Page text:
This is a very unique time in the history of Delhi. We all recently witnessed the overthrow of the incumbent government and the installation of the Aam Aadmi Party to the Delhi Legislative Assembly. Through the many rallies organized by the public for the public, Delhi began to declare overtly its desire for a party that connected with it on a personal level. No longer was Delhi taking the false promises of the indifferent, impersonal ruling party mute-mouthed. This, Delhi proved, when it thronged to the voting booths to cast its vote on the ‘broom’ symbol. What is so momentous about this occasion is that this time around people were eager to give their votes to anindependent party. Could this independent spirit have filtered to the common everyday events of our life, indeed to the very way we eat our food? Intrigued, I set off to investigate.
If one were to explore the North Campus area of New Delhi, teeming with students from all walks of life, one can’t help but notice the various independent restaurants that have come up in this area. Indeed, if common observation is anything to go by, it seems that places such as ‘Big Yellow Door’, ‘Rico’s’, ‘Jack ‘n’ Chill’, etc. have begun to hijack a market previously dominated by huge multi-billion dollar chain outlets of McDonald’s, Subway and the like. This is by no means a recent phenomenon. In fact, places like Hauz Khas have plenty of such independent restaurants worthy of exploration. What’s new is that these places are, as AAP is for the common public, a daring endeavor to change the game.
The political is personal. Whoever said that knew what he was talking about! Suddenly, it seems the need of the hour, for the student crowd at any rate, is for a place that provides decently priced food, but more importantly, where the ambience is imbued with a feeling of personal ownership. To be sure, never has such a great premium been placed on personal service. If the AAP is distinctly a Dilliwallah’s political party, then the independently owned restaurant is a testament to the public’s desire for a personal connect with the place where they eat. How many people can truly say that any McDonald’s outlet has an ambience that feels like home, where food looks as good as in the posters and where the cashier behind the counter smiles every time h/she sees you? These fast food outlets, much like the long-established ruling parties, are too impersonal, too quick to pass you on to really have a lasting impression. No true Indian could ever say that McDonald’s is more intimate than a dhhaba. Won’t you agree that these fast food joints are rather too clinical in the way they sell and pack our food? The only thing distinguishing me from another customer is the word ‘Next!’ – like I’m part of the assembly line from whence the food came.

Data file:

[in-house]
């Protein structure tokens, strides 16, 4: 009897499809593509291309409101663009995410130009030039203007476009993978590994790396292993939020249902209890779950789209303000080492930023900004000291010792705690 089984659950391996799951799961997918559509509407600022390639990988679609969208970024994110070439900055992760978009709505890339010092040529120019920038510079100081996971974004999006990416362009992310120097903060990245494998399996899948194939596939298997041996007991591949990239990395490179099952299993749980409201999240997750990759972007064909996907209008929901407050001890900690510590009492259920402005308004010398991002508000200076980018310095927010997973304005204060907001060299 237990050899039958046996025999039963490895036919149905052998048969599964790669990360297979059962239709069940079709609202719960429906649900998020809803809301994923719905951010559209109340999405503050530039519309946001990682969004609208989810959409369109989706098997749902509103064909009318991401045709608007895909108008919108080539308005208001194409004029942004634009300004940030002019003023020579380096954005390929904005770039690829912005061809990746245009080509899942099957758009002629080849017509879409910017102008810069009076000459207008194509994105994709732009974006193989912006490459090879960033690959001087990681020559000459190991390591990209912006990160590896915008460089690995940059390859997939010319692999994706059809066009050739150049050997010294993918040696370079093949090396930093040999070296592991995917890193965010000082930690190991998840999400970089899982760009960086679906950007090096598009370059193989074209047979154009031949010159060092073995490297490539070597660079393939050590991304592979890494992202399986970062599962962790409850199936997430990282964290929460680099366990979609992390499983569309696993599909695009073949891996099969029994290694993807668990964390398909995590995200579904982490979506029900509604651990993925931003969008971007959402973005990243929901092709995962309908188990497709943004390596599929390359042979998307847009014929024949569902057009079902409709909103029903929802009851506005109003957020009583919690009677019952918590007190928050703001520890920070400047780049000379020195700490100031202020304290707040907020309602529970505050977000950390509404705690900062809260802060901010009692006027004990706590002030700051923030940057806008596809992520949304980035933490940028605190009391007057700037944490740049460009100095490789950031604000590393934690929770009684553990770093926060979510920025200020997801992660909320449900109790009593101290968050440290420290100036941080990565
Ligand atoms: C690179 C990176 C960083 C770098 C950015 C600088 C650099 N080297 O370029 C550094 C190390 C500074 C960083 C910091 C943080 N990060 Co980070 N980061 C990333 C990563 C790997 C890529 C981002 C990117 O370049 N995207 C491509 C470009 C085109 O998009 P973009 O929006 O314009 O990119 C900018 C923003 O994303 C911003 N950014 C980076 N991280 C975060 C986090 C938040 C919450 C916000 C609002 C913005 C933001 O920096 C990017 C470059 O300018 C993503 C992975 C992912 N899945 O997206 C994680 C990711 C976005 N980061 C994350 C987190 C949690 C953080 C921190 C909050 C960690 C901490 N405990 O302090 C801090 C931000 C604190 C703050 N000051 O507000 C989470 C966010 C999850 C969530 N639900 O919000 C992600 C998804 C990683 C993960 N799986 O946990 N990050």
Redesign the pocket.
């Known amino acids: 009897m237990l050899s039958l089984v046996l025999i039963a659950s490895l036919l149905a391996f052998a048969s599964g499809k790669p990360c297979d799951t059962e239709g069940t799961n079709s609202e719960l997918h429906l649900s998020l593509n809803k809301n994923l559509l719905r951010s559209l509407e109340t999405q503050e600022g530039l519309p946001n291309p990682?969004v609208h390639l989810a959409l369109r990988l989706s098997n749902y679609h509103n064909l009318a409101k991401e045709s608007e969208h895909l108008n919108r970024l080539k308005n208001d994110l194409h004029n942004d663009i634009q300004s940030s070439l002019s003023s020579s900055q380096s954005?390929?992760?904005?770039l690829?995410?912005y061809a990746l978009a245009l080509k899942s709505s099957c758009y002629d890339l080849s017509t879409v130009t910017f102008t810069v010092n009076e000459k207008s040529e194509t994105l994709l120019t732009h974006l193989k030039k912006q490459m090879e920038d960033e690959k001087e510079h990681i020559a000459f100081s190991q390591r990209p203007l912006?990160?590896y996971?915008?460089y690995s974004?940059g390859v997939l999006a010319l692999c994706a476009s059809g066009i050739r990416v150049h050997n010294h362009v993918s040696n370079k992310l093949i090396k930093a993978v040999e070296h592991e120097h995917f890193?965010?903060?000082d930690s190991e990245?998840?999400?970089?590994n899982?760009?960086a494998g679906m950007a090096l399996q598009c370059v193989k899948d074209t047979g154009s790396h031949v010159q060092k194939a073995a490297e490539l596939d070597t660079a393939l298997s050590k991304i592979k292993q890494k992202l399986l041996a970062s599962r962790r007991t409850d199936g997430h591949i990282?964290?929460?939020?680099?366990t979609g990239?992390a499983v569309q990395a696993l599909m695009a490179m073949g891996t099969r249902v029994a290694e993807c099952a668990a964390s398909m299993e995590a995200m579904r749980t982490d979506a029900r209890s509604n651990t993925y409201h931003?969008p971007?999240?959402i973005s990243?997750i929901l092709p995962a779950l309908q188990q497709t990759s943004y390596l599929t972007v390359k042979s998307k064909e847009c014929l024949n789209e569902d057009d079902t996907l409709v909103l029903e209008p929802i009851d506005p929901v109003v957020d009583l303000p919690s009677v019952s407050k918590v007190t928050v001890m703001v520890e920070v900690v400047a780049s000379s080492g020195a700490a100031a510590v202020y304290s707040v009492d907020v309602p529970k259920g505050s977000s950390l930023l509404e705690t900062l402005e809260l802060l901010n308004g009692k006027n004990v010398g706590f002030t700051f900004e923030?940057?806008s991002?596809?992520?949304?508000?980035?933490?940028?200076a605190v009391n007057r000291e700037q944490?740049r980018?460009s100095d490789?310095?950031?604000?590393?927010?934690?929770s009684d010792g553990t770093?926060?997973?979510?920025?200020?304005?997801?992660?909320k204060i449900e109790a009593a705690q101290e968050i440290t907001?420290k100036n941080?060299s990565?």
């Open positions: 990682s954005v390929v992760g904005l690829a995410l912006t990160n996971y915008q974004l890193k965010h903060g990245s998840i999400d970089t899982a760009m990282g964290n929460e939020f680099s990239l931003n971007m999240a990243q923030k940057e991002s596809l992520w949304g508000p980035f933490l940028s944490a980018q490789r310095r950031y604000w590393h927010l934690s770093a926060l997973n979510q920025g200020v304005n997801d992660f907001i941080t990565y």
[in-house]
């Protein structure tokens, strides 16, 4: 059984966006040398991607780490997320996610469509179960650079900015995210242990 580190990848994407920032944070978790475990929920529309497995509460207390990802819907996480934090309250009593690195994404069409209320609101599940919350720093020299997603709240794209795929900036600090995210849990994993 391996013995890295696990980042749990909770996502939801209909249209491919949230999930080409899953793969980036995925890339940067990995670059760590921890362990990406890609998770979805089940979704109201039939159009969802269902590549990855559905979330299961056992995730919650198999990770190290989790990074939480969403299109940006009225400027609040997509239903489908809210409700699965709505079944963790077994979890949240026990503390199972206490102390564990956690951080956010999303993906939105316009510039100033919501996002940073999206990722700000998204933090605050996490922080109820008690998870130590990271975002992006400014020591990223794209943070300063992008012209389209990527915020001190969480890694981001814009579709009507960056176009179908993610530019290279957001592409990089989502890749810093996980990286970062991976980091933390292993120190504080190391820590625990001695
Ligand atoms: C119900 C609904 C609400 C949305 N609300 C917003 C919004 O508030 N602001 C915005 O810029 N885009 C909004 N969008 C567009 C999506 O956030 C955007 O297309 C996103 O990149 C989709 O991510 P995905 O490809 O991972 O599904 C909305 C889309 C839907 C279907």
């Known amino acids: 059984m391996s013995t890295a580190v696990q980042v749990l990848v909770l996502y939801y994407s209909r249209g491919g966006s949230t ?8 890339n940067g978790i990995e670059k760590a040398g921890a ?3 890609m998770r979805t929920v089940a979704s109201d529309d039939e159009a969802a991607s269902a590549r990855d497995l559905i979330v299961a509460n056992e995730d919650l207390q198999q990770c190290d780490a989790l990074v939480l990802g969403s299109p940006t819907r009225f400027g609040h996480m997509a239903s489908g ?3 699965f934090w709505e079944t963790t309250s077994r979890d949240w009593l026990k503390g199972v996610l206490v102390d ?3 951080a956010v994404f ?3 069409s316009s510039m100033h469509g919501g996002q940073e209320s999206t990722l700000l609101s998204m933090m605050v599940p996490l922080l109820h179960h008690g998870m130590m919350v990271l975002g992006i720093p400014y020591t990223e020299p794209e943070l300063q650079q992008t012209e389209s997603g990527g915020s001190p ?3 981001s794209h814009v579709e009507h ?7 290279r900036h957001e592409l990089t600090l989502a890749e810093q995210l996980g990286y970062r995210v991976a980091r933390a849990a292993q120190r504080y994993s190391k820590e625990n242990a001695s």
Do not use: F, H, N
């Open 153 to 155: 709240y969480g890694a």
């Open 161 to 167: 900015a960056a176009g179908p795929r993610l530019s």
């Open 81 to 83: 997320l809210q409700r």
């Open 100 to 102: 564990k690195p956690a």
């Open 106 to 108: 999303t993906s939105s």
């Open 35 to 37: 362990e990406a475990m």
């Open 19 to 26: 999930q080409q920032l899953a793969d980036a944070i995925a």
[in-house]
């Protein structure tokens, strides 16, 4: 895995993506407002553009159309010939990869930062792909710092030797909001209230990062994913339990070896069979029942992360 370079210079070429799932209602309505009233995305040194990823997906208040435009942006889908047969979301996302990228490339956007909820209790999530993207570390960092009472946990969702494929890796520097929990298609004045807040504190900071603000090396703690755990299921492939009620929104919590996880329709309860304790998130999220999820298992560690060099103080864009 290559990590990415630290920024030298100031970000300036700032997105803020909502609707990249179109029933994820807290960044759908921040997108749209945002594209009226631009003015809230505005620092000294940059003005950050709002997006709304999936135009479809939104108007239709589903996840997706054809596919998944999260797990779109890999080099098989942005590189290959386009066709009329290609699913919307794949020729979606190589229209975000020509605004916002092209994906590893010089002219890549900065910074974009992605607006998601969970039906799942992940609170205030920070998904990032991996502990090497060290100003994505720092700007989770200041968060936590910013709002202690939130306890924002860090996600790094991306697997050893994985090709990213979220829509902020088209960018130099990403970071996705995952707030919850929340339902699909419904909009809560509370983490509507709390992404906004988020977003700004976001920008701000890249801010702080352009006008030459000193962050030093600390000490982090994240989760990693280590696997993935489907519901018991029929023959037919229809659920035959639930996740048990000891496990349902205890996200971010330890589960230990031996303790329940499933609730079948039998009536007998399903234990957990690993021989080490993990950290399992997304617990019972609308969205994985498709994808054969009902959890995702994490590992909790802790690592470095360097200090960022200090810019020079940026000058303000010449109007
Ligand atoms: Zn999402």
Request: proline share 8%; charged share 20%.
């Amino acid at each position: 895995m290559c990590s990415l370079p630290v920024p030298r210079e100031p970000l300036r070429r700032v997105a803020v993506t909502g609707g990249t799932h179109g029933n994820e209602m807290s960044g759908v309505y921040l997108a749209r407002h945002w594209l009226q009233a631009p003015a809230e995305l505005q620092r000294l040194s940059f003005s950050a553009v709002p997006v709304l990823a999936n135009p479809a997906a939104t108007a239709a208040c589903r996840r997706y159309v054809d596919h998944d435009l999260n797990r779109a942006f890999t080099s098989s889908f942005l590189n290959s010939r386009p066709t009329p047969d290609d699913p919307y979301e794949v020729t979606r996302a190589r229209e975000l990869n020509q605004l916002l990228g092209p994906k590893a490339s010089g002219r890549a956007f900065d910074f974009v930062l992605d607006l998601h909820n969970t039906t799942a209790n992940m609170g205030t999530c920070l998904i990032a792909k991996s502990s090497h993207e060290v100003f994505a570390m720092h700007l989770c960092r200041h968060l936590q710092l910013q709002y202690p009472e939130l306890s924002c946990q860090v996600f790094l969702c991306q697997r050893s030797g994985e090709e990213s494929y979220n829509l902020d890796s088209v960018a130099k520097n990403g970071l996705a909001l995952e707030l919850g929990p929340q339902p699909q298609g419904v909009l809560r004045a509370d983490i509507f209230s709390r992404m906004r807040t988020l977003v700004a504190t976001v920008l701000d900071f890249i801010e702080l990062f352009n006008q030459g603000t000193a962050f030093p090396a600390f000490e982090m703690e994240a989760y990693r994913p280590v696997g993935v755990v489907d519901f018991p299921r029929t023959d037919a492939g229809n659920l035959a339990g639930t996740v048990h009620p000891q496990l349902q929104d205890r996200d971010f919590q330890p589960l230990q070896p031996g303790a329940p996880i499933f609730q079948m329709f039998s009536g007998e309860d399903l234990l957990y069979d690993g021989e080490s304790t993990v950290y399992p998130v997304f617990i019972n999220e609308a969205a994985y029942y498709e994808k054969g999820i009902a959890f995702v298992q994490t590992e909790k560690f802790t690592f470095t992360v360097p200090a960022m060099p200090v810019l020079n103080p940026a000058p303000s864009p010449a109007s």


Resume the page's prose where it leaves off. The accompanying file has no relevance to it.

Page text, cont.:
What one discovers in places like ‘Rico’s’ (and the like) is the fact that not only is the food at par with, if not better than at the fast food outlets, but also that the ambience, with its warm textures, shelves decked with books and Parisian style art, is reminiscent of home comforts and lazy Sunday brunches. The modus operandi? Make it personal; the customer must go home with a feeling of ownership towards the restaurant, the pride of patronage an important survival technique for these restaurants.
This is not to say that McDonald’s, Subway and KFC are not flourishing in the campus area. Indeed, one must concede that the prices at these fast food chains are admittedly lower. But the point to be noted, however is that their monopoly is being steadily broken as more and more students are choosing the smaller, cozier restaurants for the bigger fast food outlets. Indeed, the trend is so: people are choosing originality over establishment, personalized service over cold impersonality.
It seems that now more than ever the Dilliwallahs are ready to experiment, explore, and try something original. Who would have thought twenty, even ten years back that a merely 8-months old party could overthrow one of the two biggest established national parties in the capital of the country? It seems that in those aspects of the lives of the public that are intensely personal, like the food they eat and the party they support, the people of Delhi are proving more daring to destroy monopoly and give a winning chance to the underdog. On the whole, these independently owned restaurants beat the bigger chain outlets on two accounts: personalized service and originality i.e. to break the monopoly of the formulaic, tried-and-tested establishments with a daring and inventive spirit.
To be sure, the freedom of choice has always been in our hands, especially the youth; the ball always in our court. The one political party we extend our patronage to, will inevitably come out the winner on the other side. So it is with our restaurants. To eat or not to eat (at fast food chains), that is precisely the question.